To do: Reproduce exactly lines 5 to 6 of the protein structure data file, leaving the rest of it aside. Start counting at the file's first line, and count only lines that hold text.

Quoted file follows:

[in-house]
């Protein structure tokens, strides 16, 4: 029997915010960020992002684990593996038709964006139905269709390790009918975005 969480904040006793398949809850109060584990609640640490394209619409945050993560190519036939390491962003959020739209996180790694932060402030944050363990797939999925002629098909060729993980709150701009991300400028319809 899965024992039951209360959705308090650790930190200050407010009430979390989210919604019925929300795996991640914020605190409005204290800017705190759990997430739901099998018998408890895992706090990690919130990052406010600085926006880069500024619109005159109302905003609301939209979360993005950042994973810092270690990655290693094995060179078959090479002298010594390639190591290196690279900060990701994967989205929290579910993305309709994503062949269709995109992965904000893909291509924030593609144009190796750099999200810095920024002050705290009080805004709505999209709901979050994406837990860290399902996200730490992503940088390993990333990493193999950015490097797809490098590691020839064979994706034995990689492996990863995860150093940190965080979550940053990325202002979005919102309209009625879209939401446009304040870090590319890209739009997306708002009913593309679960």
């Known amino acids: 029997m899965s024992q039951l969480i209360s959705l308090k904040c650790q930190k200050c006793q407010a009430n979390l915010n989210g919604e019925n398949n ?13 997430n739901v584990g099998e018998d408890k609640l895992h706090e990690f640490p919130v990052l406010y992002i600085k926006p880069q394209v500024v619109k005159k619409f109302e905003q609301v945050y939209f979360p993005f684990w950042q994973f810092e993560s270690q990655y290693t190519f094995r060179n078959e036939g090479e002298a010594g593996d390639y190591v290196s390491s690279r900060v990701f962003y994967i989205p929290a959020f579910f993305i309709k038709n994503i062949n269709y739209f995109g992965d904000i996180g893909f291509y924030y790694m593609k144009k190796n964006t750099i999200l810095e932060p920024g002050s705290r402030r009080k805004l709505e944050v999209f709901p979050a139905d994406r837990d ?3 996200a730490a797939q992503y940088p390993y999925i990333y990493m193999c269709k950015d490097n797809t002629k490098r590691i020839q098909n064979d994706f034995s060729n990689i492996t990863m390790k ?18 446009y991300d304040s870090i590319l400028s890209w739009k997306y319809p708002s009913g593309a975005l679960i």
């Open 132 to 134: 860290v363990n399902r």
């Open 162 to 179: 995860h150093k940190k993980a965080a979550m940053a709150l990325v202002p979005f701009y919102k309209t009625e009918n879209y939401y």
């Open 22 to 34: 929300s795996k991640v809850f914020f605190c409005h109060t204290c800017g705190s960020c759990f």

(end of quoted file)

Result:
């Open 162 to 179: 995860h150093k940190k993980a965080a979550m940053a709150l990325v202002p979005f701009y919102k309209t009625e009918n879209y939401y």
């Open 22 to 34: 929300s795996k991640v809850f914020f605190c409005h109060t204290c800017g705190s960020c759990f």